8. Gen Zers will utilize less social media than Xers or Millennials. 70% of them watch more than two hours a day of YouTube videos (Trifecta Research). They have moved away from Facebook and Twitter and use more private platforms such as Whisper and Snapchat, according to Sparks & Honey.
  9. Culture co-creators. They don’t consume entertainment; they create and shape it.
  10. These kids, for the most part, value saving over spending.

So, if those are the trends, what do we do?

7 Key Principles to Preteen Bible Engagement

Engage them in the Story. As a child I (Courtney) was able to recite Luke 2, but never really understood what it meant. When I finally learned the ENTIRE story, I realized I had memorized the very moment that God came in the flesh. The actual, real Savior of the world had entered the scene, and my mind was BLOWN! It’s imperative that we help kids see that the story is real, and it’s important for them to understand it in context, or “surround” sound. According to C. S. Lewis, “Stories steal past the watchful dragons of our hearts.” Our brains are literally organized by stories. The Inside Out move is actually pretty accurate! Just like a great story, Scripture is written to evoke imagination. Jesus spoke to the imagination with each story he told: we can see it in the Good Shepherd, the Vine and Branches. These stories create “me too” moments that we are able to relate to and understand. These “me too” moments then lead to worship response moments that allow us to create space for responding to God’s Word.

Empower them to understand it. Preteens are gaining some independence and beginning to look outside of their parents for identity. Show them how to look to God’s Word for help defining who they are. We can start by giving them tools and showing them how to use them. Often times we break things down too much, or we make the Bible into devotional thoughts in an effort to help people understand. But what if instead we taught kids how to study the Bible? What if we asked them key questions while diving into Scripture? What do you see? What does God say? What will you do? Knowing how to study the Bible will help them memorize and pull up verses as they need them. It is even great to show them how to use technology to find answers and opinions and instill in them how to discern truth.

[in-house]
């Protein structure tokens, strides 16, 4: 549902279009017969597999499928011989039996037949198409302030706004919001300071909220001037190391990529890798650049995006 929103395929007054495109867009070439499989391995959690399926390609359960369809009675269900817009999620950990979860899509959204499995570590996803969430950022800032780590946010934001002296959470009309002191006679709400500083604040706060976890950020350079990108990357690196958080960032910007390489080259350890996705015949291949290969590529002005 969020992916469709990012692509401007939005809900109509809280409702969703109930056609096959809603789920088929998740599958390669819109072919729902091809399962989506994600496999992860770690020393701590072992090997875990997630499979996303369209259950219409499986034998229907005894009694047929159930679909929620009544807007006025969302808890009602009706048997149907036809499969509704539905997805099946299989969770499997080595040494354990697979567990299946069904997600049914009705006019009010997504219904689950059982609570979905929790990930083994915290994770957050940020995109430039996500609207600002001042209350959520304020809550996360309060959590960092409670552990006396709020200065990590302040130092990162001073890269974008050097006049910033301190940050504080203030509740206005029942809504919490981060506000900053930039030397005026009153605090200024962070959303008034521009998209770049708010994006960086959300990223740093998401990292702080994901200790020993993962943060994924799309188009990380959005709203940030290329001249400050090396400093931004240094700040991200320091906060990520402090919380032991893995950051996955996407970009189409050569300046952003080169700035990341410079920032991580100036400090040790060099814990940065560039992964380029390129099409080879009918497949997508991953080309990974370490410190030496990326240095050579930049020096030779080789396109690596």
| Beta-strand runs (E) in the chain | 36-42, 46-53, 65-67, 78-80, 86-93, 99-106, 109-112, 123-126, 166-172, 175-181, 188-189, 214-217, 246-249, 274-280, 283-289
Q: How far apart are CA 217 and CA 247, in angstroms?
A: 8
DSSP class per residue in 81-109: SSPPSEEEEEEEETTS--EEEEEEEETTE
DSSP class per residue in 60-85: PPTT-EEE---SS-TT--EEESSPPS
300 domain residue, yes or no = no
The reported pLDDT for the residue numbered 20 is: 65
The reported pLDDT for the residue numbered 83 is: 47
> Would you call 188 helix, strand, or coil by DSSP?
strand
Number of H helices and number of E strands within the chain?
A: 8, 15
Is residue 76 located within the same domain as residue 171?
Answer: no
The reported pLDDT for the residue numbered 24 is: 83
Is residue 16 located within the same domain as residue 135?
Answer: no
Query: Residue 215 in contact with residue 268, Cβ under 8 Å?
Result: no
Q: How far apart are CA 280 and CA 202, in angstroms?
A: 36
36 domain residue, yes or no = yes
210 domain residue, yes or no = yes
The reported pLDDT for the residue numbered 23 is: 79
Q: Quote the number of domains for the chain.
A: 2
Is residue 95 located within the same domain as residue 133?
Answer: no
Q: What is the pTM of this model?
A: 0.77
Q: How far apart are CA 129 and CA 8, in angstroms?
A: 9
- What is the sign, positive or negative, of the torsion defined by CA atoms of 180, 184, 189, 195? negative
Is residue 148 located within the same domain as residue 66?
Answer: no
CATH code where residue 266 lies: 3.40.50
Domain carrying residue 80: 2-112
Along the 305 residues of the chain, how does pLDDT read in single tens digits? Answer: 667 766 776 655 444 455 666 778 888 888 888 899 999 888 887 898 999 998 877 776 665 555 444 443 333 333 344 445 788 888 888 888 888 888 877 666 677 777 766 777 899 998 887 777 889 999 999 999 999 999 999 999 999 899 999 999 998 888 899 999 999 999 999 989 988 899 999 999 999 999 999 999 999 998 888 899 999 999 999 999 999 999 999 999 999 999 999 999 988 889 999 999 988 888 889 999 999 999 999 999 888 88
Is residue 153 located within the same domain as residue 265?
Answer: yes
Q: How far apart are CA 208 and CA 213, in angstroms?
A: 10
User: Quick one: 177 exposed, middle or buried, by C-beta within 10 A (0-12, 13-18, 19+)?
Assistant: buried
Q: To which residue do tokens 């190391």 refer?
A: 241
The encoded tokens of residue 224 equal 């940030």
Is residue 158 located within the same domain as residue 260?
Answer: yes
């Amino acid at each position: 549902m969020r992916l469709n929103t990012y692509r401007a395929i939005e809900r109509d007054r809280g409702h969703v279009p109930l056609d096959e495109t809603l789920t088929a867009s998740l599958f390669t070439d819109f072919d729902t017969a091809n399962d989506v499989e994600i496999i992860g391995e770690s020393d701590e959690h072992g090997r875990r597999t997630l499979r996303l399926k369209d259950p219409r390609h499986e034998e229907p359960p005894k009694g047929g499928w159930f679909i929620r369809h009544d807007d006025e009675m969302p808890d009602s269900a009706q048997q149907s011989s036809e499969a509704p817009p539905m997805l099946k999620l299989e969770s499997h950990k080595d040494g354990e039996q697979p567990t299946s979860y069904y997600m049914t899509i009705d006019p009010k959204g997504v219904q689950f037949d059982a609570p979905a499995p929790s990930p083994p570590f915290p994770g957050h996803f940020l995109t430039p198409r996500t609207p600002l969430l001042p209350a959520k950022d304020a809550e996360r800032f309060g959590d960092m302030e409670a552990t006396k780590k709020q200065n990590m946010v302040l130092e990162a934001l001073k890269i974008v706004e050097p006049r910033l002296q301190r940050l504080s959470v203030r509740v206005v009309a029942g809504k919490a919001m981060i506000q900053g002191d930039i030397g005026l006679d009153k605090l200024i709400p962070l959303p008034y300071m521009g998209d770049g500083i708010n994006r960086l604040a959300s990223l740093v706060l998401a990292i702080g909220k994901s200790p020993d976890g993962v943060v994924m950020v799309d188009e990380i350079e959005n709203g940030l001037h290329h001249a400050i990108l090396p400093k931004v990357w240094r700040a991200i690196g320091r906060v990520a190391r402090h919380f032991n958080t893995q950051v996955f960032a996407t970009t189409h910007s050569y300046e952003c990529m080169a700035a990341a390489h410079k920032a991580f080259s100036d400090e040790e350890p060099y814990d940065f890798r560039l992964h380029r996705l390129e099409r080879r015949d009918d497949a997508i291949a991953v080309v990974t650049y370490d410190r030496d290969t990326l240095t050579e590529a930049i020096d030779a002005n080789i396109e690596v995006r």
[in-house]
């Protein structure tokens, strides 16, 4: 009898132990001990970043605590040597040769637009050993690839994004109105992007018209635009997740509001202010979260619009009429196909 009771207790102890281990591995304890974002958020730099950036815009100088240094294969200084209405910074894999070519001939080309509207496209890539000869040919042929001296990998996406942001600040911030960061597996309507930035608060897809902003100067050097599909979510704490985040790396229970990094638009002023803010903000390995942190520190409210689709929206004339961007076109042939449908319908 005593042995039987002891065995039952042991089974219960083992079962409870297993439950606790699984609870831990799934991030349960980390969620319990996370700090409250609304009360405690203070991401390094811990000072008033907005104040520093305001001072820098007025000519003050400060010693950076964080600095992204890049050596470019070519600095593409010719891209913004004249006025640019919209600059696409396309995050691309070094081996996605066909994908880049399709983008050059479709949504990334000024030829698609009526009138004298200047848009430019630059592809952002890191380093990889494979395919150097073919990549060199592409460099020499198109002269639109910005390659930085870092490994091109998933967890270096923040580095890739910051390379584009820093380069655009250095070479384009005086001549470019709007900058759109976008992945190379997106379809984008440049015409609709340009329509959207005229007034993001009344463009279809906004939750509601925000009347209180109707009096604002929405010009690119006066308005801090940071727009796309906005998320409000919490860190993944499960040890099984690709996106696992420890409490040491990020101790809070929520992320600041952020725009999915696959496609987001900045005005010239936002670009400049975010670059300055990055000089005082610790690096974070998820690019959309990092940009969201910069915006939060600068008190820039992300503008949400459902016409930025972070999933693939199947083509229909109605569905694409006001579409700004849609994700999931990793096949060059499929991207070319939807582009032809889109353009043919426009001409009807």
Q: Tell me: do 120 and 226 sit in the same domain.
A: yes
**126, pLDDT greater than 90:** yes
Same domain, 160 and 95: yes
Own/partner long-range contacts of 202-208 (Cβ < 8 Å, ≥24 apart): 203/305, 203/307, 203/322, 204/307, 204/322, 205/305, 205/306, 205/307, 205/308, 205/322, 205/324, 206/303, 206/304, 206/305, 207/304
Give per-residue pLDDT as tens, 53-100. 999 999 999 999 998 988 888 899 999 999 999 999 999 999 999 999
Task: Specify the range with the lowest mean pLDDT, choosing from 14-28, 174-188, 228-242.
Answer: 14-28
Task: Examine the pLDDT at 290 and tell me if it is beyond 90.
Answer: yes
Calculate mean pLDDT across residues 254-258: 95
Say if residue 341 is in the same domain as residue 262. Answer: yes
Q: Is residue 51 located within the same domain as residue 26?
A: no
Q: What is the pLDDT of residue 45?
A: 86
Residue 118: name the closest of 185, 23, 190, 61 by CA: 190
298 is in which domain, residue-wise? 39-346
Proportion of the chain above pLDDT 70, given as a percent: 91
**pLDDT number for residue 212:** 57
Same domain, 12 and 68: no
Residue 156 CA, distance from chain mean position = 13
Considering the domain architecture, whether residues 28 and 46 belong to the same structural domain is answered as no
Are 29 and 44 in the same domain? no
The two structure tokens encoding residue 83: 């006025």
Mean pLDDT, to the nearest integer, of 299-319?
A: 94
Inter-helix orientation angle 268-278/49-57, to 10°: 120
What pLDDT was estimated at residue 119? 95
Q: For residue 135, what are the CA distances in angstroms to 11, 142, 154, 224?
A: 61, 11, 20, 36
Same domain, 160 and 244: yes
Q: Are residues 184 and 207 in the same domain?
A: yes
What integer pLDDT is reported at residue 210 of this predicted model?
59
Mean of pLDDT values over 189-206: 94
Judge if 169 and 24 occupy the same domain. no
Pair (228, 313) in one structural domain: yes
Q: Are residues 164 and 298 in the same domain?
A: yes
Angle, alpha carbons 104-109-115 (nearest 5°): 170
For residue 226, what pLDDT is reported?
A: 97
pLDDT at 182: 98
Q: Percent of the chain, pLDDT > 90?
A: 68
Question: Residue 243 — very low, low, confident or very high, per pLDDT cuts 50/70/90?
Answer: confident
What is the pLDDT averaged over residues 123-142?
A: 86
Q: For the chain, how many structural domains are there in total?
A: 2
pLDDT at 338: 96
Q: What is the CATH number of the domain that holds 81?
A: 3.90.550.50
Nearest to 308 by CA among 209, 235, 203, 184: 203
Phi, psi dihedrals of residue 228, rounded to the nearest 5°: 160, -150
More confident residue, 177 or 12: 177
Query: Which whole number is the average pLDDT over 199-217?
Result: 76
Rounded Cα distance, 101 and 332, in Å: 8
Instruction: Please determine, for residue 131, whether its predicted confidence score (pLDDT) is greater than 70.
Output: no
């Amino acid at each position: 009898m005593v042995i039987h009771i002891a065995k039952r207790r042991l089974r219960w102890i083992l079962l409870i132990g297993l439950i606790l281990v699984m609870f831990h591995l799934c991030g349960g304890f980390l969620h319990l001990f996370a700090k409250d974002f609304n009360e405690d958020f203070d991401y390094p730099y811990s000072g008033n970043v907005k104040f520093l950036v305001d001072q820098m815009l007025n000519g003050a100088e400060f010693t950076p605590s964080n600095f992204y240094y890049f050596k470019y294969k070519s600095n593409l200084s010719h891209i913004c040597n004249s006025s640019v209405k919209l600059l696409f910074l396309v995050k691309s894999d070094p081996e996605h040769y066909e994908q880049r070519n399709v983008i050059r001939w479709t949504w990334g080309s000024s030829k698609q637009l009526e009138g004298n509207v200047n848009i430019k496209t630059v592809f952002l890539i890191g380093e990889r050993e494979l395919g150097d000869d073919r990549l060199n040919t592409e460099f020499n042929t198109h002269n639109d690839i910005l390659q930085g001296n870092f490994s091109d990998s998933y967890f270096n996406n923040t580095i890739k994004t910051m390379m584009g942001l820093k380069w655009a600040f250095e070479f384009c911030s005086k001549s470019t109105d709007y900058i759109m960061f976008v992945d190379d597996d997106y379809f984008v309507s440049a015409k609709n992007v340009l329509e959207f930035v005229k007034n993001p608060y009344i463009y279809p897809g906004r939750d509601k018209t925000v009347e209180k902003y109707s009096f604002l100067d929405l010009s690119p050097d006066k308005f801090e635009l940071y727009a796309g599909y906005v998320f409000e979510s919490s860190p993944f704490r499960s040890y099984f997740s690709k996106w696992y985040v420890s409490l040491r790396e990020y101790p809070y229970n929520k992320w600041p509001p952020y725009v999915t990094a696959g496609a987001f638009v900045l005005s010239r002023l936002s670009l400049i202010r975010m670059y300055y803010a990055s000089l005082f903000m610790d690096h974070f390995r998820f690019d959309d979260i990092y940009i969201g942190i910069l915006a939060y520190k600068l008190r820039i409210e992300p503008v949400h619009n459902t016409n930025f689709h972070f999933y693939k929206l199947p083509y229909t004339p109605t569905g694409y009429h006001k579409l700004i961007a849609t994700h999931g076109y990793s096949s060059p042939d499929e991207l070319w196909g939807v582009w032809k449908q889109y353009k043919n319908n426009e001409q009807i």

Make it real for them. The Bible is full of real people, real places, and real faith. If you can bring these people to life, your audience will be able to enter into the story. If we make the people in the Bible seem like they are superheroes, with no struggles, they become unreal and un-relatable. It causes their faith to not be real and then their victories are not real. This amazing big story of God is intended to form our identity and give us direction as God’s people. Kids need to know that the big God story is THEIR Story. THEY are a part of this grand redemptive plan and THAT’S why it makes a difference in their lives—the history is relevant to their story! Take a minute to picture children at a puppet show where a child is screaming the dragon is slain! THIS is how children should feel as we tell the big God story! Be sure to give the kids an EXPERIENCE of Jesus. Instead of reciting something written long ago in a land far away, give them a memory they can pull up for themselves.

Recognize what’s next. Preteens become teenagers! Teenagers are looking to discover their uniqueness and find their value. If we can help preteens own their faith, they will move into this next important phase with healthy confidence, habits, and patterns established. It’s important to do this so they will develop friendships and relationships that are worth carrying with them into the next season of life. Most importantly, truth matters! Make it about their identity, not solely focused on morality!

Release them to lead and engage with the world. You’ve done the work and trained up these preteens on how to discover God’s truth in their lives. Now let them go do it! They are ready and equipped to search and find truth in the Bible. You’ve done well, so take a deep breath—in and out. They want to change the world—LET THEM!

Inspire, Equip, and Support their parents. Parents are a little scared, and often don’t know how to encourage their kids. Be sure to lift them up, just like you’ve done for their kids.

Equip Leaders who love the Bible. Ask your leaders how they personally engage in Scripture and give them a plan to help them grow in their understanding as well. It’s important that the leaders of these kids are equipped to find answers and equipped to teach kids to do the same. You can do this! Like this article and want to start training your preteens? Check out some of our Bibles and resources designed just for preteens!